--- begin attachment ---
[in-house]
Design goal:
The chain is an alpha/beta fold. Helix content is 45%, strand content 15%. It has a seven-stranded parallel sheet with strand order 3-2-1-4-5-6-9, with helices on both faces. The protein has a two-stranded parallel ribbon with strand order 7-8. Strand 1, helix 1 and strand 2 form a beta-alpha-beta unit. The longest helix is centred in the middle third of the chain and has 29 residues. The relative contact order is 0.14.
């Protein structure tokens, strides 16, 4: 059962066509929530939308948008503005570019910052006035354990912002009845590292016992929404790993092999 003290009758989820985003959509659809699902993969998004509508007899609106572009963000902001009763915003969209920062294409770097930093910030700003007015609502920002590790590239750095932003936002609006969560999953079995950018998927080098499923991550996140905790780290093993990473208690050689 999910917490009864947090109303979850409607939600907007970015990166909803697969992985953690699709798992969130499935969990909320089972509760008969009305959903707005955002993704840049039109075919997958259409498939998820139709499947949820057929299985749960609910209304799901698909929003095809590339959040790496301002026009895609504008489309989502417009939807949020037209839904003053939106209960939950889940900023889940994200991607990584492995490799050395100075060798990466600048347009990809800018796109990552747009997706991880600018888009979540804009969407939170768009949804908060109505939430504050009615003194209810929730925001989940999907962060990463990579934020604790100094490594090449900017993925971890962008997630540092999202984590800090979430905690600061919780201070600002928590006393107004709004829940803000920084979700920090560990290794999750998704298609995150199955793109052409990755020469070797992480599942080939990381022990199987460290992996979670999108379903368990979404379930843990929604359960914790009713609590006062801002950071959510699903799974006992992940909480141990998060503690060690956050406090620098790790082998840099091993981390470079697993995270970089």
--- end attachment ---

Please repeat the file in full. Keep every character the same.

[in-house]
Design goal:
The chain is an alpha/beta fold. Helix content is 45%, strand content 15%. It has a seven-stranded parallel sheet with strand order 3-2-1-4-5-6-9, with helices on both faces. The protein has a two-stranded parallel ribbon with strand order 7-8. Strand 1, helix 1 and strand 2 form a beta-alpha-beta unit. The longest helix is centred in the middle third of the chain and has 29 residues. The relative contact order is 0.14.
């Protein structure tokens, strides 16, 4: 059962066509929530939308948008503005570019910052006035354990912002009845590292016992929404790993092999 003290009758989820985003959509659809699902993969998004509508007899609106572009963000902001009763915003969209920062294409770097930093910030700003007015609502920002590790590239750095932003936002609006969560999953079995950018998927080098499923991550996140905790780290093993990473208690050689 999910917490009864947090109303979850409607939600907007970015990166909803697969992985953690699709798992969130499935969990909320089972509760008969009305959903707005955002993704840049039109075919997958259409498939998820139709499947949820057929299985749960609910209304799901698909929003095809590339959040790496301002026009895609504008489309989502417009939807949020037209839904003053939106209960939950889940900023889940994200991607990584492995490799050395100075060798990466600048347009990809800018796109990552747009997706991880600018888009979540804009969407939170768009949804908060109505939430504050009615003194209810929730925001989940999907962060990463990579934020604790100094490594090449900017993925971890962008997630540092999202984590800090979430905690600061919780201070600002928590006393107004709004829940803000920084979700920090560990290794999750998704298609995150199955793109052409990755020469070797992480599942080939990381022990199987460290992996979670999108379903368990979404379930843990929604359960914790009713609590006062801002950071959510699903799974006992992940909480141990998060503690060690956050406090620098790790082998840099091993981390470079697993995270970089």